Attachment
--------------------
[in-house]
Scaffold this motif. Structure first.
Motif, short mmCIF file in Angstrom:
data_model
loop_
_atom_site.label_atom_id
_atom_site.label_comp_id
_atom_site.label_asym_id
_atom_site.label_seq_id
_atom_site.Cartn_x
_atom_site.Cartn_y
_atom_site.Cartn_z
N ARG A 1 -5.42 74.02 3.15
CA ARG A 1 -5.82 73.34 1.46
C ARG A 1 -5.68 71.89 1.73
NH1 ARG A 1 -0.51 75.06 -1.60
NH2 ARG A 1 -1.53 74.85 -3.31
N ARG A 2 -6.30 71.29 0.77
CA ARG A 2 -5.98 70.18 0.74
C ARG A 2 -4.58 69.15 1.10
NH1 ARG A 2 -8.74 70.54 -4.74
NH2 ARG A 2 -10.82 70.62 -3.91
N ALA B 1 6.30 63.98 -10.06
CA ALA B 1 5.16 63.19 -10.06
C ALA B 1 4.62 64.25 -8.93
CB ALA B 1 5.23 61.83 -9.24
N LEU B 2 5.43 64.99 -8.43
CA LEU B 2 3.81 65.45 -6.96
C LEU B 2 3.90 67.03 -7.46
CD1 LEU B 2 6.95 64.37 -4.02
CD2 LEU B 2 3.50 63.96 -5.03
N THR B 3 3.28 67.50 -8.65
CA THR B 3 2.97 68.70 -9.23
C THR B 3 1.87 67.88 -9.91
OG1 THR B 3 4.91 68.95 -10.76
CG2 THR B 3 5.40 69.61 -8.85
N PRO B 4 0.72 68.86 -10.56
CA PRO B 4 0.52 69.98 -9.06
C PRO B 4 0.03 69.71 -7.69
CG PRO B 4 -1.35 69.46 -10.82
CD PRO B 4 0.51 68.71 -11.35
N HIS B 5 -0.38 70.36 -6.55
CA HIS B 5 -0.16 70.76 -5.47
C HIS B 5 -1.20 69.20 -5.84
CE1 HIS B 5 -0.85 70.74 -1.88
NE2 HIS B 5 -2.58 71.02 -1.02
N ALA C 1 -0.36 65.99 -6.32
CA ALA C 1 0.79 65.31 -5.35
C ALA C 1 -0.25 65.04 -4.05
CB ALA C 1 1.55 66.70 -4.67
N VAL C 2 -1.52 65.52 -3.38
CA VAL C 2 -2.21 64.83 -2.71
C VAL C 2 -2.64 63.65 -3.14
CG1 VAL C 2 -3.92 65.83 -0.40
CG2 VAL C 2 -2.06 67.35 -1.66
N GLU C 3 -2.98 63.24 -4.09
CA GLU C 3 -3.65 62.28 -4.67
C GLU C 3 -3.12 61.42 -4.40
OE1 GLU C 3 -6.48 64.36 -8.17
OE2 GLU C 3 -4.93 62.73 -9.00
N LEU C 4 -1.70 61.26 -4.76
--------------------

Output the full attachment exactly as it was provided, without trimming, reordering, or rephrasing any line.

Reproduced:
[in-house]
Scaffold this motif. Structure first.
Motif, short mmCIF file in Angstrom:
data_model
loop_
_atom_site.label_atom_id
_atom_site.label_comp_id
_atom_site.label_asym_id
_atom_site.label_seq_id
_atom_site.Cartn_x
_atom_site.Cartn_y
_atom_site.Cartn_z
N ARG A 1 -5.42 74.02 3.15
CA ARG A 1 -5.82 73.34 1.46
C ARG A 1 -5.68 71.89 1.73
NH1 ARG A 1 -0.51 75.06 -1.60
NH2 ARG A 1 -1.53 74.85 -3.31
N ARG A 2 -6.30 71.29 0.77
CA ARG A 2 -5.98 70.18 0.74
C ARG A 2 -4.58 69.15 1.10
NH1 ARG A 2 -8.74 70.54 -4.74
NH2 ARG A 2 -10.82 70.62 -3.91
N ALA B 1 6.30 63.98 -10.06
CA ALA B 1 5.16 63.19 -10.06
C ALA B 1 4.62 64.25 -8.93
CB ALA B 1 5.23 61.83 -9.24
N LEU B 2 5.43 64.99 -8.43
CA LEU B 2 3.81 65.45 -6.96
C LEU B 2 3.90 67.03 -7.46
CD1 LEU B 2 6.95 64.37 -4.02
CD2 LEU B 2 3.50 63.96 -5.03
N THR B 3 3.28 67.50 -8.65
CA THR B 3 2.97 68.70 -9.23
C THR B 3 1.87 67.88 -9.91
OG1 THR B 3 4.91 68.95 -10.76
CG2 THR B 3 5.40 69.61 -8.85
N PRO B 4 0.72 68.86 -10.56
CA PRO B 4 0.52 69.98 -9.06
C PRO B 4 0.03 69.71 -7.69
CG PRO B 4 -1.35 69.46 -10.82
CD PRO B 4 0.51 68.71 -11.35
N HIS B 5 -0.38 70.36 -6.55
CA HIS B 5 -0.16 70.76 -5.47
C HIS B 5 -1.20 69.20 -5.84
CE1 HIS B 5 -0.85 70.74 -1.88
NE2 HIS B 5 -2.58 71.02 -1.02
N ALA C 1 -0.36 65.99 -6.32
CA ALA C 1 0.79 65.31 -5.35
C ALA C 1 -0.25 65.04 -4.05
CB ALA C 1 1.55 66.70 -4.67
N VAL C 2 -1.52 65.52 -3.38
CA VAL C 2 -2.21 64.83 -2.71
C VAL C 2 -2.64 63.65 -3.14
CG1 VAL C 2 -3.92 65.83 -0.40
CG2 VAL C 2 -2.06 67.35 -1.66
N GLU C 3 -2.98 63.24 -4.09
CA GLU C 3 -3.65 62.28 -4.67
C GLU C 3 -3.12 61.42 -4.40
OE1 GLU C 3 -6.48 64.36 -8.17
OE2 GLU C 3 -4.93 62.73 -9.00
N LEU C 4 -1.70 61.26 -4.76